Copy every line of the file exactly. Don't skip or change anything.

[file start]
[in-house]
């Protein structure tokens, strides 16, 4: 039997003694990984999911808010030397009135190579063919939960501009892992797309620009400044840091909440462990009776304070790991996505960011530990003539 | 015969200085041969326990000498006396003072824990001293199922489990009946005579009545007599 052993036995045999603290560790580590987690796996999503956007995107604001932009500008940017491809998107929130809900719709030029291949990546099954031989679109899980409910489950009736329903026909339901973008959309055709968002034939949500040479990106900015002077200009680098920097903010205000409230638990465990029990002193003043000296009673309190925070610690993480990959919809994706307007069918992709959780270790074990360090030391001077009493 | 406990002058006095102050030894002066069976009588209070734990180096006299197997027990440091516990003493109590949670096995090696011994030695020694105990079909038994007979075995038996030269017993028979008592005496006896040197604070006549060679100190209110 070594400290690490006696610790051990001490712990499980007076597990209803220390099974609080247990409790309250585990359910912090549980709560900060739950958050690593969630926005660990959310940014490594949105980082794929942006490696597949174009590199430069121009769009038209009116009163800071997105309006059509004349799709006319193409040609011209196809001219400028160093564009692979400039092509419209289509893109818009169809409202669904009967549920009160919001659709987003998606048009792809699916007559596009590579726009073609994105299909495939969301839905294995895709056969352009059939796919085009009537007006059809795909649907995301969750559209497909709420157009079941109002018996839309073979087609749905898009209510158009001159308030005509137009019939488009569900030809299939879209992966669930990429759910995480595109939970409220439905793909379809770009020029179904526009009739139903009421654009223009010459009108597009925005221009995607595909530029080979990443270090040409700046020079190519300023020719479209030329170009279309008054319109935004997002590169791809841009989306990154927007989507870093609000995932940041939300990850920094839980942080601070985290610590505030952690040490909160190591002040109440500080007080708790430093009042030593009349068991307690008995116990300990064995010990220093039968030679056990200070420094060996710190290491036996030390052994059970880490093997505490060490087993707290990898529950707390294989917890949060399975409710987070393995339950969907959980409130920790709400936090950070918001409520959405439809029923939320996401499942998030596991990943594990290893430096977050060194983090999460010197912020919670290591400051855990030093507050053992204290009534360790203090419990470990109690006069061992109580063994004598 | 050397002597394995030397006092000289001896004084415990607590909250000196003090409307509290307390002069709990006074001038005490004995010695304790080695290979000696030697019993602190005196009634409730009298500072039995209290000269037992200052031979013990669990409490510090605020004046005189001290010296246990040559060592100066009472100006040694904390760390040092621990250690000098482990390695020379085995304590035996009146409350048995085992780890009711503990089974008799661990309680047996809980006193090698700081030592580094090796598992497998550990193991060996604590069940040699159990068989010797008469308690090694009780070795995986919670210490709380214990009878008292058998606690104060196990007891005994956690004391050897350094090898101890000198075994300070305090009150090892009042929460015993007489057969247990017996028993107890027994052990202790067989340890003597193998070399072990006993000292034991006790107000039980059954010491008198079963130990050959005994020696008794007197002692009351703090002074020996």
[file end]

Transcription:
[in-house]
């Protein structure tokens, strides 16, 4: 039997003694990984999911808010030397009135190579063919939960501009892992797309620009400044840091909440462990009776304070790991996505960011530990003539 | 015969200085041969326990000498006396003072824990001293199922489990009946005579009545007599 052993036995045999603290560790580590987690796996999503956007995107604001932009500008940017491809998107929130809900719709030029291949990546099954031989679109899980409910489950009736329903026909339901973008959309055709968002034939949500040479990106900015002077200009680098920097903010205000409230638990465990029990002193003043000296009673309190925070610690993480990959919809994706307007069918992709959780270790074990360090030391001077009493 | 406990002058006095102050030894002066069976009588209070734990180096006299197997027990440091516990003493109590949670096995090696011994030695020694105990079909038994007979075995038996030269017993028979008592005496006896040197604070006549060679100190209110 070594400290690490006696610790051990001490712990499980007076597990209803220390099974609080247990409790309250585990359910912090549980709560900060739950958050690593969630926005660990959310940014490594949105980082794929942006490696597949174009590199430069121009769009038209009116009163800071997105309006059509004349799709006319193409040609011209196809001219400028160093564009692979400039092509419209289509893109818009169809409202669904009967549920009160919001659709987003998606048009792809699916007559596009590579726009073609994105299909495939969301839905294995895709056969352009059939796919085009009537007006059809795909649907995301969750559209497909709420157009079941109002018996839309073979087609749905898009209510158009001159308030005509137009019939488009569900030809299939879209992966669930990429759910995480595109939970409220439905793909379809770009020029179904526009009739139903009421654009223009010459009108597009925005221009995607595909530029080979990443270090040409700046020079190519300023020719479209030329170009279309008054319109935004997002590169791809841009989306990154927007989507870093609000995932940041939300990850920094839980942080601070985290610590505030952690040490909160190591002040109440500080007080708790430093009042030593009349068991307690008995116990300990064995010990220093039968030679056990200070420094060996710190290491036996030390052994059970880490093997505490060490087993707290990898529950707390294989917890949060399975409710987070393995339950969907959980409130920790709400936090950070918001409520959405439809029923939320996401499942998030596991990943594990290893430096977050060194983090999460010197912020919670290591400051855990030093507050053992204290009534360790203090419990470990109690006069061992109580063994004598 | 050397002597394995030397006092000289001896004084415990607590909250000196003090409307509290307390002069709990006074001038005490004995010695304790080695290979000696030697019993602190005196009634409730009298500072039995209290000269037992200052031979013990669990409490510090605020004046005189001290010296246990040559060592100066009472100006040694904390760390040092621990250690000098482990390695020379085995304590035996009146409350048995085992780890009711503990089974008799661990309680047996809980006193090698700081030592580094090796598992497998550990193991060996604590069940040699159990068989010797008469308690090694009780070795995986919670210490709380214990009878008292058998606690104060196990007891005994956690004391050897350094090898101890000198075994300070305090009150090892009042929460015993007489057969247990017996028993107890027994052990202790067989340890003597193998070399072990006993000292034991006790107000039980059954010491008198079963130990050959005994020696008794007197002692009351703090002074020996």